Story by Kevin Dupzyk
Photos by Kate Siberell
IT’S A SPRING Monday in Elmo, and a small gathering of people are ready to hear Adeline Mathias tell a story.
Mathias’ voice speaks, a slight static fuzz behind her Kootenai words. Then linguist Dorothy Berney clicks pause with the computer mouse. Silence.
Catherine Andrew translates the digital recording of Mathias’ voice: “It isn’t going to be a fairy tale; it’s going to be a true story.”
Berney types the translation into her chunky black laptop.
Catherine and her sister Louise Andrew help Berney transcribe Mathias’ storytelling. It’s slow, painstaking work, but the elderly sisters enjoy it. No one speaks Kootenai like Mathias anymore.
The meeting place is a small trailer between Elmo’s large green community hall and a retirement home. Inside is a mix of workspace and the comforts of home: two offices, a conference table, a whiteboard, a small kitchen, a couch and armchairs, a big-screen TV. Most everyone is settled into the couch and armchairs.
Mathias’ great-grandson, Daniel Stiffarm, sits at a computer nearby, headphones on, jagged lines of sound waves unfurling across the monitor in front of him.
Another few words from Mathias. Catherine and Louise talk; Berney types. The story is about a hunting party. This goes on for four hours. By the end of the day’s session, a few minutes of storytelling have been transcribed.
The Andrew sisters are two of the few remaining speakers for whom Kootenai is their first language. Younger generations only hear the language on occasion and speak with degraded pronunciation and little nuance. So the sisters and another woman, Alice Hewankorn, meet regularly with Berney to translate and transcribe old recordings of people like Mathias, who spoke Kootenai as her primary language.
Preserving speakers means new learners will be able to hear Kootenai as it has always been spoken, even when the people who have always spoken it are gone. Otherwise, Kootenai may survive — but it may not truly be Kootenai.
THIS PARTICULAR Monday is St. Patrick’s Day, and Catherine and Berney discuss how to say “Ireland” in Kootenai. As an approximation for “Emerald Isle,” they coin a Kootenai word for “Green Island.” But the word for “something that is green” can also mean “watermelon.” A direct translation back to English might lose something, but in Kootenai, it makes sense.
Catherine and Louise squabble over who is older, and by how much. Catherine is the younger of the two. She walks taller and has fewer lines on her face.
Many of the recordings are of Louise and Catherine’s mother, Mary Andrew. As a little girl, Louise saw her tell her stories. She would sit on the bed in her mother’s room, watching her beading and talking into a recorder.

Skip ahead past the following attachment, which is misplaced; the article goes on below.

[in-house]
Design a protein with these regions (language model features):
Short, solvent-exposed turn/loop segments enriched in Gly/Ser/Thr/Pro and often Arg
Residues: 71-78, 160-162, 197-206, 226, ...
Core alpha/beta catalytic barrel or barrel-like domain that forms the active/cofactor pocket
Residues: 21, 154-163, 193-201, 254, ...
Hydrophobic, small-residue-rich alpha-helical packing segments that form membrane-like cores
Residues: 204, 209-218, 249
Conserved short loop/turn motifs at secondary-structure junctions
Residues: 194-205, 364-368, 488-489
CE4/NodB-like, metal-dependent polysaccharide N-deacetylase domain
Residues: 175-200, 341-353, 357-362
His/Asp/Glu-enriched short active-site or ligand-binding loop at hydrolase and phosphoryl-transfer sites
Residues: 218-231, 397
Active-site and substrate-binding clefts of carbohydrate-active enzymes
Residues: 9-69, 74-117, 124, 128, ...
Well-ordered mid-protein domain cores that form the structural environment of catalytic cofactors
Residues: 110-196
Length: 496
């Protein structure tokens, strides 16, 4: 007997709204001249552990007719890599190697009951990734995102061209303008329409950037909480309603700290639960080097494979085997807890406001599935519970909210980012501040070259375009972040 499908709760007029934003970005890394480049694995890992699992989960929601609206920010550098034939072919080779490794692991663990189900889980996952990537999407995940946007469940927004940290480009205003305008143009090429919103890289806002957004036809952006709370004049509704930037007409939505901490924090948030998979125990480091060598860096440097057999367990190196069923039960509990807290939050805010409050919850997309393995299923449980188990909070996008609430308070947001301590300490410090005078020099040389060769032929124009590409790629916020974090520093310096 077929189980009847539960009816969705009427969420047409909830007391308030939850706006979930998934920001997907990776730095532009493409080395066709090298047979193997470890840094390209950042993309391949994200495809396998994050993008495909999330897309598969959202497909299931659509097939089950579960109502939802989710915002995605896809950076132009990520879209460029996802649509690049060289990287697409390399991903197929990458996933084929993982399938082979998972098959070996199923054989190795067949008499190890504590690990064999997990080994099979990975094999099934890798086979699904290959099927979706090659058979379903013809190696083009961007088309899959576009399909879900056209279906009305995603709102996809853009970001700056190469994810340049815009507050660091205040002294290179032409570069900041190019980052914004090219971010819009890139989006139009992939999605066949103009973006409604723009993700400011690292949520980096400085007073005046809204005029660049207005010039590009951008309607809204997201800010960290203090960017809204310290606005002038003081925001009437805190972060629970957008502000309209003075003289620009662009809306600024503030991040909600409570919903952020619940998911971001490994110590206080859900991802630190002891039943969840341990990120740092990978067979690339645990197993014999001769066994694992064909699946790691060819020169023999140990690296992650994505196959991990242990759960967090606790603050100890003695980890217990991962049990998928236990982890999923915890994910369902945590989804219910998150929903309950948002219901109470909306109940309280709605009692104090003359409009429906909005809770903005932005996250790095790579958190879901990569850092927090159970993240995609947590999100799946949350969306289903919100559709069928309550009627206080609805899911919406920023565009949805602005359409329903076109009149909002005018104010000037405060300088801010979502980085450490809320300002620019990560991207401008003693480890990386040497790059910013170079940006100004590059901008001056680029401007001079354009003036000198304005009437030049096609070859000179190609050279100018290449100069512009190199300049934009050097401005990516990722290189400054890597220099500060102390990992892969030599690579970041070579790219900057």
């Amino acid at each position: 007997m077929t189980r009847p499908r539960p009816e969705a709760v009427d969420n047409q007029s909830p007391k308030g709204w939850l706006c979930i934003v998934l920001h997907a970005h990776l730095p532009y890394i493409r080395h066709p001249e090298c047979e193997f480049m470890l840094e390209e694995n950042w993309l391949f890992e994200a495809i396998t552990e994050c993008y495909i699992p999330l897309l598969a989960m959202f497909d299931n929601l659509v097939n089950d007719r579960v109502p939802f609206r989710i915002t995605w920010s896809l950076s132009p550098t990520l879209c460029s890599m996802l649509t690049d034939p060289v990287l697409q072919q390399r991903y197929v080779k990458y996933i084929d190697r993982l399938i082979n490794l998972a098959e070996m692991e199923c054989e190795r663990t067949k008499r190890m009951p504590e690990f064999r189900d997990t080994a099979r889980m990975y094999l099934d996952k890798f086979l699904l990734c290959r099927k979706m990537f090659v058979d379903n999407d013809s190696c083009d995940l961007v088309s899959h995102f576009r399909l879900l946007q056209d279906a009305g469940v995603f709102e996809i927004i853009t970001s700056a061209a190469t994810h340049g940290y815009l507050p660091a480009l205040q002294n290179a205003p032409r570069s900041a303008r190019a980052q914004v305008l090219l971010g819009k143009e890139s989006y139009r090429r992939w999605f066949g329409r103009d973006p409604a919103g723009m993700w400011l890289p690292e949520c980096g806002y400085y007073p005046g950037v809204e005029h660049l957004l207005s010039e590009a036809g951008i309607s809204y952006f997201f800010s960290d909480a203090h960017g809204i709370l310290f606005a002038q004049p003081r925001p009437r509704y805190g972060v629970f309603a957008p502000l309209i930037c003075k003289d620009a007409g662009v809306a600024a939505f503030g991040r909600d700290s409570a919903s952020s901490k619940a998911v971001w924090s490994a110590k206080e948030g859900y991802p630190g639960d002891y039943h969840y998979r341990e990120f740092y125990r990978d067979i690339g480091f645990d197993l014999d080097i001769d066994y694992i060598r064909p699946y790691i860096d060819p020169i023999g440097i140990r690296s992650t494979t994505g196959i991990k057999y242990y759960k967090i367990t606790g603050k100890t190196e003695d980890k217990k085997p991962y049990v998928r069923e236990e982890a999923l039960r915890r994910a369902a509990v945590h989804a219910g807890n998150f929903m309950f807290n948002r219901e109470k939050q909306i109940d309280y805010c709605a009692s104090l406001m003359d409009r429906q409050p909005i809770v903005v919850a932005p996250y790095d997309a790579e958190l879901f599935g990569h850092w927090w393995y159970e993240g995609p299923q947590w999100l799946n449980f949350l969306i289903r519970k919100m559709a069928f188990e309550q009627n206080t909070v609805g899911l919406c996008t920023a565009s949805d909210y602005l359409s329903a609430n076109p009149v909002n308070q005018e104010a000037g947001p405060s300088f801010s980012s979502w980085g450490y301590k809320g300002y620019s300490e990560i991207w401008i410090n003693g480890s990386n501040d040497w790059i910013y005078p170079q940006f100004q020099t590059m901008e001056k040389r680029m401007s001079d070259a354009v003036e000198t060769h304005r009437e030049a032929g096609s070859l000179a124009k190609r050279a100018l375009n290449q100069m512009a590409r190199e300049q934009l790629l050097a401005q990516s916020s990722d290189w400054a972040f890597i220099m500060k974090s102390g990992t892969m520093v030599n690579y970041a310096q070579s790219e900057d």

“When I first heard her tape, it tore me up inside,” Catherine says. “Two, three times I heard her voice, and it’s just like she’s right here sitting with me.”
The sisters have an arrangement with Berney, who is not a tribal member but has been employed by the Kootenai Culture Committee for nearly two decades. The linguist sits in one armchair, with her laptop. Catherine sits in the other, Louise on the couch opposite, computer speakers in between.
When Berney plays a short clip of Kootenai from her laptop, the Andrew sisters repeat it back so she can transcribe it in Kootenai. Then they determine the best English rendering. The goal is to produce an accurate transcription in both languages.
In the 1970s, the culture committee simply tried to record the elders’ memories. Now the recordings are the best record of the language on the Flathead Indian Reservation.
In Mathias’ story, the hunting party is just a few miles outside Elmo, near Sullivan Hill, known in Kootenai as “monster’s backbone.” The monster is dead; Louise says you used to be able to see its blood on the hillside.
“You can’t see it anymore. It’s faded.”
Catherine explains that the monster lived in Flathead Lake, which used to be called Monster Lake. She tries to remember the exact details of its demise.
“What was it, a bird?” she asks her sister. “A bird or something got jealous. His wife would pick huckleberries and come down here and feed that monster. He caught on, so he went and he killed that monster. I think it’s a whale, a great big thing.”
In the story, Catherine tells of how the monster left the lake to die, and its carcass is what is now called Sullivan Hill. “Suyapi, white people, call it ‘Sullivan,’” she said.
Night falls on the characters in Mathias’ story. A snow starts. After each short clip, the sisters talk Kootenai back and forth, laughing at the things Mathias says.
Berney explains that Kootenai words are often formed by combining distinct units, which can result in strange translations. “The literal pieces means, ‘That snow was ugly looking.’”
In other words, the snowstorm grew fierce.
The sisters tap their hands or feet while listening. Kootenai is rhythmic, musical even. The hard percussive sounds of consonants combine with slurred l’s and lengthy vowels to create polyrhythms that last for words, sentences, whole stories.
As with any language, each speaker sounds unique, conjuring different moods with the stretch of their words and the severity of their glottal stops. For 80-year-old ears that don’t hear the language as often as they’d like, it can be hard to understand. The Andrews sometimes ask Berney to replay clips. Sometimes they need her to help them recall the right words.
The irony that a non-tribal member plays such a crucial role in the language efforts is not lost on Catherine.
“Took a white woman to straighten it out,” she said after a particularly difficult passage.